Graduation Year

2011

Document Type

Dissertation

Degree

Ph.D.

Degree Granting Department

Business Administration

Major Professor

Jacqueline Reck

Keywords

Cognitive Load Theory, Defined Pension Cost, Disaggregation, Financial Reporting, Information Complexity, Presentation Format

Abstract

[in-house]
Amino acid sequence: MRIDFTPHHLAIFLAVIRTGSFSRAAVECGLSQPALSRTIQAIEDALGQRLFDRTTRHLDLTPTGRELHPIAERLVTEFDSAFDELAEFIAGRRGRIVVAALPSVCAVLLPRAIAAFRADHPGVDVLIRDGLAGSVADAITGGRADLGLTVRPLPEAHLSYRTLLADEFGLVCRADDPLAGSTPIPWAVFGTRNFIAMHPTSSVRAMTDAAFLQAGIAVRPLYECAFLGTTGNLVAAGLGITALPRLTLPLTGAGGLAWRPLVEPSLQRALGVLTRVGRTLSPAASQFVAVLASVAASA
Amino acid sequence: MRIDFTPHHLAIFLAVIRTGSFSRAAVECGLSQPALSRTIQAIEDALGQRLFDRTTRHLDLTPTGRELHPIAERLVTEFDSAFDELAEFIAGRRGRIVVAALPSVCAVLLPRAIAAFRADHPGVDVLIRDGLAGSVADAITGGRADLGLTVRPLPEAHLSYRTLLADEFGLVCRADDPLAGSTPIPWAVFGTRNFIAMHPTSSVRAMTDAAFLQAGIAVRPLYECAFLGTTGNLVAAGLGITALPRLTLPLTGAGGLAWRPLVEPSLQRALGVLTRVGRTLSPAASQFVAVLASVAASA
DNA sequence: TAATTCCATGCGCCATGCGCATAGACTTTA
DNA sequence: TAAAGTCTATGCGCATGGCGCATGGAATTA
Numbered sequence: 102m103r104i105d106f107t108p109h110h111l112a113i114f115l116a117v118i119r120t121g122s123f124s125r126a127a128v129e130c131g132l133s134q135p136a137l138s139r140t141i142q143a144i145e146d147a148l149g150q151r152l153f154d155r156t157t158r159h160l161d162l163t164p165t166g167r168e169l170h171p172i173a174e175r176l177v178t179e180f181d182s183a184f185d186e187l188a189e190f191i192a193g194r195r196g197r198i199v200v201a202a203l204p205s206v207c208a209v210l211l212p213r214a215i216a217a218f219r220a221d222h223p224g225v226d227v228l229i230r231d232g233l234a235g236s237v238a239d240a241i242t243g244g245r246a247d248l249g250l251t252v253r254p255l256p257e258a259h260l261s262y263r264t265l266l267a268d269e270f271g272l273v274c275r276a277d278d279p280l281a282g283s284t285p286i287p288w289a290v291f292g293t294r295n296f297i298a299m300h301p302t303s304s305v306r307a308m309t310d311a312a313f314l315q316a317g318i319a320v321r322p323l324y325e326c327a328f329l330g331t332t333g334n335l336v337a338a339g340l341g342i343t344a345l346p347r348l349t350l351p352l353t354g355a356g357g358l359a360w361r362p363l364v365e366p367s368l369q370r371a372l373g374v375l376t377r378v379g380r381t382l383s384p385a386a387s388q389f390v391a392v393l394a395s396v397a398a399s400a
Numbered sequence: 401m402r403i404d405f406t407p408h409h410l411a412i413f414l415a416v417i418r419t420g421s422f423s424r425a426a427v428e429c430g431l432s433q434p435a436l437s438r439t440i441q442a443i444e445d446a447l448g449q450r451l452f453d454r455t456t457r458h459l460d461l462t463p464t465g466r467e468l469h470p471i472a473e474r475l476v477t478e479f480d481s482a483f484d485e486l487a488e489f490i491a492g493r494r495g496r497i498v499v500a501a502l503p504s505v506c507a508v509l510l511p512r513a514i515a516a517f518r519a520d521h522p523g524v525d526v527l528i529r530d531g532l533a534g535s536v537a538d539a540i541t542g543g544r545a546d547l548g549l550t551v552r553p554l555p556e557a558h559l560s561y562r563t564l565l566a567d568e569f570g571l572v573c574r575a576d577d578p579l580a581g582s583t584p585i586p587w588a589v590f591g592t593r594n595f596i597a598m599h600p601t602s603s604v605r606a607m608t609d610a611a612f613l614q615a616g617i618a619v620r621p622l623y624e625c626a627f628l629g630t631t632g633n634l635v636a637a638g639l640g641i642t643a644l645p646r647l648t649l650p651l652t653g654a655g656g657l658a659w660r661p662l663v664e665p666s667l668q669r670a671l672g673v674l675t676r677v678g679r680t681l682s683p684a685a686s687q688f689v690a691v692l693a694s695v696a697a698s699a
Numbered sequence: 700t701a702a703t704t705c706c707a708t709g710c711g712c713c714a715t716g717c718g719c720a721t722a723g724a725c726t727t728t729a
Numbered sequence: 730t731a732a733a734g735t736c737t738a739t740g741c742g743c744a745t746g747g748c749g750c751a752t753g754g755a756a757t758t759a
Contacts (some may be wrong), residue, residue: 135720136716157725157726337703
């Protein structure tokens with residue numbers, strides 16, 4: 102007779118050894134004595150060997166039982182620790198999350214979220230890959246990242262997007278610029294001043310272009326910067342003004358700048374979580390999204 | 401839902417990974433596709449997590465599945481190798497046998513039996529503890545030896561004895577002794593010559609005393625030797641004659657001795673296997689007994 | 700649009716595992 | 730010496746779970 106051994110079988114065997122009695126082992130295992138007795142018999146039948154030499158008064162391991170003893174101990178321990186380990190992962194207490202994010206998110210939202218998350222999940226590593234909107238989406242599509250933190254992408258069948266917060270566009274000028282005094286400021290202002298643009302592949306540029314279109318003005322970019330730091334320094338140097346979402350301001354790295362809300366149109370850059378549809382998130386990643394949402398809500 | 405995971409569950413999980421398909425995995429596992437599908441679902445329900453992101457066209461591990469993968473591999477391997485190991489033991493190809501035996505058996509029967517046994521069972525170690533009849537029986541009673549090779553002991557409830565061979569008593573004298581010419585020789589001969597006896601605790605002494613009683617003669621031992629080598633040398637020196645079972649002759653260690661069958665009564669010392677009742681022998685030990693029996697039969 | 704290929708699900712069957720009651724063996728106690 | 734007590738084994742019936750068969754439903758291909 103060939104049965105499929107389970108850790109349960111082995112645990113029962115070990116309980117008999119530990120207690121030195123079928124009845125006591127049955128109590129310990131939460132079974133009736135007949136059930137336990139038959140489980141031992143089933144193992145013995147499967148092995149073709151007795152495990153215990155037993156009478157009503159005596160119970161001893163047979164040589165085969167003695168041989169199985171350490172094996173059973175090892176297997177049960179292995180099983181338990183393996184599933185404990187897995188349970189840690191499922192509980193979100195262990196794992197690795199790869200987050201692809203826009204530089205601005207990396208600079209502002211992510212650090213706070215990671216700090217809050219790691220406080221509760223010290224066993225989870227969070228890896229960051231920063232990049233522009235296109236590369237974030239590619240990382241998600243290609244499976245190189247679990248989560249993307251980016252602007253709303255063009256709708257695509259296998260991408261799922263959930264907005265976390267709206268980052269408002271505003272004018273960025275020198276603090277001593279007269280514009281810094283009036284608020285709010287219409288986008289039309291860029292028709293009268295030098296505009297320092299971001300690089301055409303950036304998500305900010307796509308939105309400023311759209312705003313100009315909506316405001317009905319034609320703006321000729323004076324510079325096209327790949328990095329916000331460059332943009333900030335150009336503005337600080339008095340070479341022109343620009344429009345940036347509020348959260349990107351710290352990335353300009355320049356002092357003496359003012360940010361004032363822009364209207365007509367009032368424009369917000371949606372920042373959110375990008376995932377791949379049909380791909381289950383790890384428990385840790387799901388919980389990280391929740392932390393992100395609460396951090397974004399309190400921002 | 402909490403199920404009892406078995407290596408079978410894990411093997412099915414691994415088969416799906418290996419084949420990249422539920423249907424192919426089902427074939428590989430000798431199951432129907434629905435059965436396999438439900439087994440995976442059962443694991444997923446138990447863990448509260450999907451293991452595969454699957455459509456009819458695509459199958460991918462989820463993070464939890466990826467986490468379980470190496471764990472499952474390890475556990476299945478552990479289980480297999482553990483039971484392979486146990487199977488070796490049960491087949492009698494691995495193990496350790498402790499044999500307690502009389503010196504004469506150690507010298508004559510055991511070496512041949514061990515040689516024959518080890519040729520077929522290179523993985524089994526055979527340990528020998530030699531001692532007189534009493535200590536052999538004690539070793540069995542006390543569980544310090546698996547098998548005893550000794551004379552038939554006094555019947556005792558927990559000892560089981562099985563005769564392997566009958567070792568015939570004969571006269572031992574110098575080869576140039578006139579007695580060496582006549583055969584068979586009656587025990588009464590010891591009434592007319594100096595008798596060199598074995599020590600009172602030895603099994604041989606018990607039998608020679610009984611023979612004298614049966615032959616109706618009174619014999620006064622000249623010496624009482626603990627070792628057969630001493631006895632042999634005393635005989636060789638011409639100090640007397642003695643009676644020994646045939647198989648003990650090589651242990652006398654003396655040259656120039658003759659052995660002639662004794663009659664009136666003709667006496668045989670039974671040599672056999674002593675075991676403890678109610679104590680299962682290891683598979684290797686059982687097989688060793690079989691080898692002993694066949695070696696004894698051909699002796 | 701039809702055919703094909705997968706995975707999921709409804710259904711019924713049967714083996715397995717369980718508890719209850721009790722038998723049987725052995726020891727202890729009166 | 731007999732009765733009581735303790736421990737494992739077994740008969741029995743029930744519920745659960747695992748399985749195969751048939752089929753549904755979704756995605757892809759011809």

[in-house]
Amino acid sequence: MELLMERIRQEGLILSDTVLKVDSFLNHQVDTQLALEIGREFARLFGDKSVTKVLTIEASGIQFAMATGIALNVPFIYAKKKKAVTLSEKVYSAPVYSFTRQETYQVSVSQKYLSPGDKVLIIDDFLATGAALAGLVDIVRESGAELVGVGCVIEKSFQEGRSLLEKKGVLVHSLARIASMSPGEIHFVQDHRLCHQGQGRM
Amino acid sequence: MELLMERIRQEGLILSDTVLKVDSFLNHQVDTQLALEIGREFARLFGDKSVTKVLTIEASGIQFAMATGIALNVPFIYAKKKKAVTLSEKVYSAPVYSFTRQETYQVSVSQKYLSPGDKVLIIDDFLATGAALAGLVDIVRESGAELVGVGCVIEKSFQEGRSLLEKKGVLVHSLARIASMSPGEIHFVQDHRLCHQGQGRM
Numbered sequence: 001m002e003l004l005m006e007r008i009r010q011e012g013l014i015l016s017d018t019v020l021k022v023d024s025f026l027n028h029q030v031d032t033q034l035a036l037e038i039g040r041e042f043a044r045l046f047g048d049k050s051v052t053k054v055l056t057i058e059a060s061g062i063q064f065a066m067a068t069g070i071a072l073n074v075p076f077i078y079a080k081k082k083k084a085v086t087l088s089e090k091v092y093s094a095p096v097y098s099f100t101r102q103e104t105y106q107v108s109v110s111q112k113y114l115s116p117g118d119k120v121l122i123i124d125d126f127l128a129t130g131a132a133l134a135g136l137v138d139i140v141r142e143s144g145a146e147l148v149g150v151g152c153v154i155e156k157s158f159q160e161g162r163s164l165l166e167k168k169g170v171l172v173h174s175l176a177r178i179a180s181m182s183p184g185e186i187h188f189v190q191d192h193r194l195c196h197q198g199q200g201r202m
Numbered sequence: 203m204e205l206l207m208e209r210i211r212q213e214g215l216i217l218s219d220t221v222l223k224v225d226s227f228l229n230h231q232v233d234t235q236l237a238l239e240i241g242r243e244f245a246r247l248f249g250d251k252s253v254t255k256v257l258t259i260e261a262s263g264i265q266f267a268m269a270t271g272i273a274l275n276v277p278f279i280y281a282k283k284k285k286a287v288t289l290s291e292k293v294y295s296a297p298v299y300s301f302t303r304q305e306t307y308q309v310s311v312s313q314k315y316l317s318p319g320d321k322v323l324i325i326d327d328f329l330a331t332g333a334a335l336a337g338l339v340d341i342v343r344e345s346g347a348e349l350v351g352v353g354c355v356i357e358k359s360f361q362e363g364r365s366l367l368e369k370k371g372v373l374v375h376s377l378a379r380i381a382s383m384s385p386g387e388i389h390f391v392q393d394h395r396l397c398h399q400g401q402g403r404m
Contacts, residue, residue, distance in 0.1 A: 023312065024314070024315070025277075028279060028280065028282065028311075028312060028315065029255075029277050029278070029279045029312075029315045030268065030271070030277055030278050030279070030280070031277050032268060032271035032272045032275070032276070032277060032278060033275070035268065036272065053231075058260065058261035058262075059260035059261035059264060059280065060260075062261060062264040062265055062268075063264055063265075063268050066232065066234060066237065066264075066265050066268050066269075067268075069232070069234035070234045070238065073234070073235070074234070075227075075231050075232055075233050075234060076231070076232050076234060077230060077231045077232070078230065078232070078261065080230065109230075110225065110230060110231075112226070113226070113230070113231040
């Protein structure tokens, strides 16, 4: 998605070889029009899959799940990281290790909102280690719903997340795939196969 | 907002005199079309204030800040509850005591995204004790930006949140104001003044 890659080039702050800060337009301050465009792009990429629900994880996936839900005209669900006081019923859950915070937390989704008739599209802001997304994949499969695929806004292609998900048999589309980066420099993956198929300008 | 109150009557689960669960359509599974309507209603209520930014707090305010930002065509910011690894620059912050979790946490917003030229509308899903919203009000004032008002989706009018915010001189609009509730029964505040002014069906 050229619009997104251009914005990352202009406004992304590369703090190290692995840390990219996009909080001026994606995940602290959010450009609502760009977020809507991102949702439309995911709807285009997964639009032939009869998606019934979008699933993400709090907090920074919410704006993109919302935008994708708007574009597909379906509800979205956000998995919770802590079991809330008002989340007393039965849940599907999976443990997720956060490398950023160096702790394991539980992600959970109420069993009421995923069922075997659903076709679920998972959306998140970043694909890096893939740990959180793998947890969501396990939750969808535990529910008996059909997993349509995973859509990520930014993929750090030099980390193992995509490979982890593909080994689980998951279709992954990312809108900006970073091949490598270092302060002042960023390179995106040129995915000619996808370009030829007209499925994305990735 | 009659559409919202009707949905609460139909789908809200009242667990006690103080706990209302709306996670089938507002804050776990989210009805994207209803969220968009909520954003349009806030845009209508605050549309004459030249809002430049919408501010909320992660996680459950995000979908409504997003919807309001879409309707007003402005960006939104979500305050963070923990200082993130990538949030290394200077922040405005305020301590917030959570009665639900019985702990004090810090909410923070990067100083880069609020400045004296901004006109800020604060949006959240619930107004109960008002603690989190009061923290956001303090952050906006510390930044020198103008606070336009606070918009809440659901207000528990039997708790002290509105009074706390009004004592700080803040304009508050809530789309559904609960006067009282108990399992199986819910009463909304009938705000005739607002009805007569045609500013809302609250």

My study is motivated by standard setters interest in better understanding (and the gap in research as to) the effects of item complexity and disaggregation across a financial statement on users' decision processes (Bonner 2008; Glaum 2009; FASB 2010b). I examine whether complexity of an item and the method used to present the item on a financial statement influences nonprofessional investors' judgments. Specifically, I examine two issues raised concerning IAS 19 Employee Benefits. The first is to examine whether there are differences in nonprofessional investors' judgments when individual components of a complex item (defined pension cost) are disaggregated across a financial statement (the statement of comprehensive income) versus when individual components of a complex item are aggregated on the face of the same statement. Differences may arise since disaggregation across a statement provides information about how an item relates to different economic events and this information could help nonprofessional investors to better interpret and use the information in judgments. A second objective is to examine whether increasing the complexity of an already complex item affects the usefulness of information. I find that nonprofessional investors weigh higher levels of item complexity in certain judgments. Additionally, I find that when a complex item (defined pension cost) is disaggregated across a financial statement (the statement of comprehensive income) nonprofessional investors are able to acquire more information about the item and are able to more accurately understand the function of the item. This, in turn, helps the nonprofessional investors decide whether the information is useful in certain judgments.

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